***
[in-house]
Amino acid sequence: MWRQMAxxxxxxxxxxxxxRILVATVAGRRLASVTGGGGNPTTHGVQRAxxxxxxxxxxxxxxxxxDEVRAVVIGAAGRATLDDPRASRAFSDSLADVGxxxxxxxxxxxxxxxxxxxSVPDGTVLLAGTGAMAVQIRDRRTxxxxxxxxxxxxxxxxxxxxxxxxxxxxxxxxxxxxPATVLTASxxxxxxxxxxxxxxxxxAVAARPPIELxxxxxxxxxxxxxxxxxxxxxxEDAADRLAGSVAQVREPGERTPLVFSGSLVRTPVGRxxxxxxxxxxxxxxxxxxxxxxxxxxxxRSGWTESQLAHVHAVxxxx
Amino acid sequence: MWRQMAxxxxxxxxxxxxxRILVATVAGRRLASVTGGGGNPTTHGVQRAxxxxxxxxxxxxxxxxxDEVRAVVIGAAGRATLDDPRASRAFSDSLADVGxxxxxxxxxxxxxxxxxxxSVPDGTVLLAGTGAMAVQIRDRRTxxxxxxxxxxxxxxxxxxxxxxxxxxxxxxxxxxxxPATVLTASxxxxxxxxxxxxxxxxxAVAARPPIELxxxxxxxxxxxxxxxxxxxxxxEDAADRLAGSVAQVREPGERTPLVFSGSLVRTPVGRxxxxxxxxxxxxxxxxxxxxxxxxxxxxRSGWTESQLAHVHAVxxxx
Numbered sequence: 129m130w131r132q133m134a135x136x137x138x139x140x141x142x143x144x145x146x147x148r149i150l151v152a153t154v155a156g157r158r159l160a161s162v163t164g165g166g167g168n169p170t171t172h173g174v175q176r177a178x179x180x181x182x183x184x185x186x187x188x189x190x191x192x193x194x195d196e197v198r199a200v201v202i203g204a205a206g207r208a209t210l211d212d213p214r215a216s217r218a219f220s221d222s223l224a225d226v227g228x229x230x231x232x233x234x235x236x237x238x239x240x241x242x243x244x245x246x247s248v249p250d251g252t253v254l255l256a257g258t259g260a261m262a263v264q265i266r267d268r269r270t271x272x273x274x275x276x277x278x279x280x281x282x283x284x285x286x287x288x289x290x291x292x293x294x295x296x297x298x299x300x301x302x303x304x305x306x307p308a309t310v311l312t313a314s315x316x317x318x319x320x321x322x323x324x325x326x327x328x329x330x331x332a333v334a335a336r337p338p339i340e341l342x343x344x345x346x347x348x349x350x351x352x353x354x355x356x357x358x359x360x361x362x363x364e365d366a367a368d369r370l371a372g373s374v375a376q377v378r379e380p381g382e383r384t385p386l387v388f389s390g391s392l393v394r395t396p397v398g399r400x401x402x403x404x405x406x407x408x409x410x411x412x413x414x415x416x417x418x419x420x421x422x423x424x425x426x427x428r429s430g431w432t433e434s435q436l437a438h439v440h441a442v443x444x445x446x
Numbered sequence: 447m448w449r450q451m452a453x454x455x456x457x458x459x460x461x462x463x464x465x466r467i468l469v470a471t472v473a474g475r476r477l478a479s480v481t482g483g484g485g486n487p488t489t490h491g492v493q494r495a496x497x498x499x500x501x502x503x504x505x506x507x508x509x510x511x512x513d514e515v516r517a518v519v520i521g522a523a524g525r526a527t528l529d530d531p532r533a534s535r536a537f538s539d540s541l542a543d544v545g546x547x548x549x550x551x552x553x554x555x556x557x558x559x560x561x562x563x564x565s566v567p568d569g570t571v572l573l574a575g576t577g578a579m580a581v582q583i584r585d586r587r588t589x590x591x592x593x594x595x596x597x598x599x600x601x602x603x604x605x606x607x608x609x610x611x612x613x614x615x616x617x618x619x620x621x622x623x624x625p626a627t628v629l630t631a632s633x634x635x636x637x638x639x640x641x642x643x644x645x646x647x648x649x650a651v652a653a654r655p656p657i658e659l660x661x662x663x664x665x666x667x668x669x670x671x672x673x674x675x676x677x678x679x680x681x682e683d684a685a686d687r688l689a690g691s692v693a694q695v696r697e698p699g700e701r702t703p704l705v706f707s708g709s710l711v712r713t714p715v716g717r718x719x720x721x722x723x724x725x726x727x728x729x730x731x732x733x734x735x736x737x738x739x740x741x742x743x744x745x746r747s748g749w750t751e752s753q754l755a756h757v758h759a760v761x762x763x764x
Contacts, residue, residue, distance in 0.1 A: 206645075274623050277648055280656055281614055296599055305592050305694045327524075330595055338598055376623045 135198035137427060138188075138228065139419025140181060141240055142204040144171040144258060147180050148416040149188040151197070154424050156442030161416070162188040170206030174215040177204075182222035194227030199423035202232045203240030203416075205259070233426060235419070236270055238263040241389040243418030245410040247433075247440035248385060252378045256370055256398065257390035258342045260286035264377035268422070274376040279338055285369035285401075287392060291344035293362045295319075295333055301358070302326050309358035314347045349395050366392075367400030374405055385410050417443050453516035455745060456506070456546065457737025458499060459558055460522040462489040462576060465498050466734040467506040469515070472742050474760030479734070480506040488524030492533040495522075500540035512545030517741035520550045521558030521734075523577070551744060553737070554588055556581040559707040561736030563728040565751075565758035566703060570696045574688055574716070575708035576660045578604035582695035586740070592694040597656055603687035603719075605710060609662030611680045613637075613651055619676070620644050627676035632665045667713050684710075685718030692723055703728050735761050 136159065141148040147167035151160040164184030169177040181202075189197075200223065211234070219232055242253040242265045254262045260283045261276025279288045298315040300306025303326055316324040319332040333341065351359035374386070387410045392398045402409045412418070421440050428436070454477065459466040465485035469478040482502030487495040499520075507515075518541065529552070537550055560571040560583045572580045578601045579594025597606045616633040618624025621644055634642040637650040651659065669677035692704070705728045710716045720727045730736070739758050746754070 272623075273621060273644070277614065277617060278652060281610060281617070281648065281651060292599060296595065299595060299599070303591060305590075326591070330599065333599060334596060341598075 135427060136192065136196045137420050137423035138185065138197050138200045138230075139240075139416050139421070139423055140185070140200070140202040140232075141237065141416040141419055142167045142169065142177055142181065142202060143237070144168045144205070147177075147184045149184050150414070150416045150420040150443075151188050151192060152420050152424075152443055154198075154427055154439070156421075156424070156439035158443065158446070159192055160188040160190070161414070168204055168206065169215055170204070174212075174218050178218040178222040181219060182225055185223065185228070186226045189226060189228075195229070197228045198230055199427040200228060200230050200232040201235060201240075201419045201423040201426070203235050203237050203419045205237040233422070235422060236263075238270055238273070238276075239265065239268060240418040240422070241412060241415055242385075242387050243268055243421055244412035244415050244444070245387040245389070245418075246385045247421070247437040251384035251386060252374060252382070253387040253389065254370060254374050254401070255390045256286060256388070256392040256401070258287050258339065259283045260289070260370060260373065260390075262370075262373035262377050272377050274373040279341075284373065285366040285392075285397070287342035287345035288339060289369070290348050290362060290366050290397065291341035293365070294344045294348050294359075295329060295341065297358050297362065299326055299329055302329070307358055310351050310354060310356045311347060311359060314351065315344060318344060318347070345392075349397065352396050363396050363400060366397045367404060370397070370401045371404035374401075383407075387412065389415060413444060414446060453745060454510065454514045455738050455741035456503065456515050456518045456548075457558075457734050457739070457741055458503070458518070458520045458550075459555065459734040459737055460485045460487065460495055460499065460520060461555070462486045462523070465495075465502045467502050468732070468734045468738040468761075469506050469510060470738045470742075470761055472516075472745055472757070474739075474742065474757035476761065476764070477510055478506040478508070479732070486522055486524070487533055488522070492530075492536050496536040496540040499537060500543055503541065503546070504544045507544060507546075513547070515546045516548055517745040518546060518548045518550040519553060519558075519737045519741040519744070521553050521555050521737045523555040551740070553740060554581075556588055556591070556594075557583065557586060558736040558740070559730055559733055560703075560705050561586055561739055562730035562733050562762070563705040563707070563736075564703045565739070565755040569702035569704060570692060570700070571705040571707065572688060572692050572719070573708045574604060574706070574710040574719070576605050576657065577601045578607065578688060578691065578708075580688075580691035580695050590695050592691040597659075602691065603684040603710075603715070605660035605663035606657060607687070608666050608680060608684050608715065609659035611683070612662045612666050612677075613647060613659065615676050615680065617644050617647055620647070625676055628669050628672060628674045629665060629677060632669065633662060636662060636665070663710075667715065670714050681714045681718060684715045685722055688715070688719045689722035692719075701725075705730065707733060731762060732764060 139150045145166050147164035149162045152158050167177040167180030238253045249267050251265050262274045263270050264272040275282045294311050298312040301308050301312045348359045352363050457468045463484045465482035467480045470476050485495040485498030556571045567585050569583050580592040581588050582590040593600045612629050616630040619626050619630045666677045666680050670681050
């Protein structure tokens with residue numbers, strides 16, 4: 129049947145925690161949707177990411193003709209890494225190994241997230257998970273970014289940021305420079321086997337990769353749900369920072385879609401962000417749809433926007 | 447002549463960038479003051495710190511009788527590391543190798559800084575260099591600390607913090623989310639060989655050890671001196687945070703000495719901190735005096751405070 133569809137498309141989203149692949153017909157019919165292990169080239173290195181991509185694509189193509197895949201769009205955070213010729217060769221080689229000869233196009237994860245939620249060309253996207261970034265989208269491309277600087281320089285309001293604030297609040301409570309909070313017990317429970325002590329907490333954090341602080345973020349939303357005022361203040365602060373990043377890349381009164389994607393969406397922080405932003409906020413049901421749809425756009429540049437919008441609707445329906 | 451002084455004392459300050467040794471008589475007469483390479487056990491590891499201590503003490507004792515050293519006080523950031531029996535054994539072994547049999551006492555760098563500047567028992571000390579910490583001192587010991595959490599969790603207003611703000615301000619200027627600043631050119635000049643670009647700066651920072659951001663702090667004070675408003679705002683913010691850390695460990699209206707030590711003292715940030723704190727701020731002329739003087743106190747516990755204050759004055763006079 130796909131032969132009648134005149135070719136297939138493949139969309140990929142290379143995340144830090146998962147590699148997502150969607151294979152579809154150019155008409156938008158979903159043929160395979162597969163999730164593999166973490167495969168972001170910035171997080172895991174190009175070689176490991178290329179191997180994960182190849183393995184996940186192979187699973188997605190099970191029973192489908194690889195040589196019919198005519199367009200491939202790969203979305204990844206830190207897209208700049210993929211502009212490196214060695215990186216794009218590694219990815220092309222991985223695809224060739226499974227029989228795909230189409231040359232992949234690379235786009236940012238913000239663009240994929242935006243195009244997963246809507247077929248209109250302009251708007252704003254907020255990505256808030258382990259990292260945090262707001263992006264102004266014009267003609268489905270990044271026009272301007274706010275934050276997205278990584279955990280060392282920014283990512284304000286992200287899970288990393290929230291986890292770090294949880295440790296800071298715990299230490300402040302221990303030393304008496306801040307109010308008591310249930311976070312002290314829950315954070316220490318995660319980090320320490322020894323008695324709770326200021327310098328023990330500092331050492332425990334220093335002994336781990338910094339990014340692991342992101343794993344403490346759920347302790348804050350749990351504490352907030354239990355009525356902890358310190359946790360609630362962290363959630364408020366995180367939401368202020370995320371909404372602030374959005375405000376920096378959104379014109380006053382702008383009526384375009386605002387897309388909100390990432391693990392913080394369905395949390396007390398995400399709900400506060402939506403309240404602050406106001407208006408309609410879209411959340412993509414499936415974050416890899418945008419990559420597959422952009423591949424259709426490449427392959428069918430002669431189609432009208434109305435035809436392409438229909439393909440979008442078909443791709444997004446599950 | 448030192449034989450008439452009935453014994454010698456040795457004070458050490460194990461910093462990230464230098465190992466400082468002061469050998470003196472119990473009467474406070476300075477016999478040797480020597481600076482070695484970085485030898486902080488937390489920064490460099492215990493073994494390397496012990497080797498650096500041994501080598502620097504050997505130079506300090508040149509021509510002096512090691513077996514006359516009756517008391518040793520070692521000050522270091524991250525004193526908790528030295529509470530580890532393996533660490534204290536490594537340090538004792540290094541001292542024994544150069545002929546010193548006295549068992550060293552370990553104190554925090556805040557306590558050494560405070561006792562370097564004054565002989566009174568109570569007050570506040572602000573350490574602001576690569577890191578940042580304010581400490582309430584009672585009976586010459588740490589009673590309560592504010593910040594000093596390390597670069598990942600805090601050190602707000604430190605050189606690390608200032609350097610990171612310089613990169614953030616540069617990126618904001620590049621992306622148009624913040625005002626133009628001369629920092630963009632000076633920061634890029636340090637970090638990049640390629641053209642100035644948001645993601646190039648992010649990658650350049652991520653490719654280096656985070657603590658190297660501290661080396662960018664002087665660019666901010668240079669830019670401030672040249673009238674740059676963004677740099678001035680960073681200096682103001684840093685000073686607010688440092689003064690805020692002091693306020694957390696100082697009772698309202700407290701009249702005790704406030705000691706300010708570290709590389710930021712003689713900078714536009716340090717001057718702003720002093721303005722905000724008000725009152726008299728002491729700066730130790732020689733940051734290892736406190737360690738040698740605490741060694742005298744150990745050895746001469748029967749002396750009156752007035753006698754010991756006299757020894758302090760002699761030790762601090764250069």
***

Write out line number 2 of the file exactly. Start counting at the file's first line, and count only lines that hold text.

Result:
Amino acid sequence: MWRQMAxxxxxxxxxxxxxRILVATVAGRRLASVTGGGGNPTTHGVQRAxxxxxxxxxxxxxxxxxDEVRAVVIGAAGRATLDDPRASRAFSDSLADVGxxxxxxxxxxxxxxxxxxxSVPDGTVLLAGTGAMAVQIRDRRTxxxxxxxxxxxxxxxxxxxxxxxxxxxxxxxxxxxxPATVLTASxxxxxxxxxxxxxxxxxAVAARPPIELxxxxxxxxxxxxxxxxxxxxxxEDAADRLAGSVAQVREPGERTPLVFSGSLVRTPVGRxxxxxxxxxxxxxxxxxxxxxxxxxxxxRSGWTESQLAHVHAVxxxx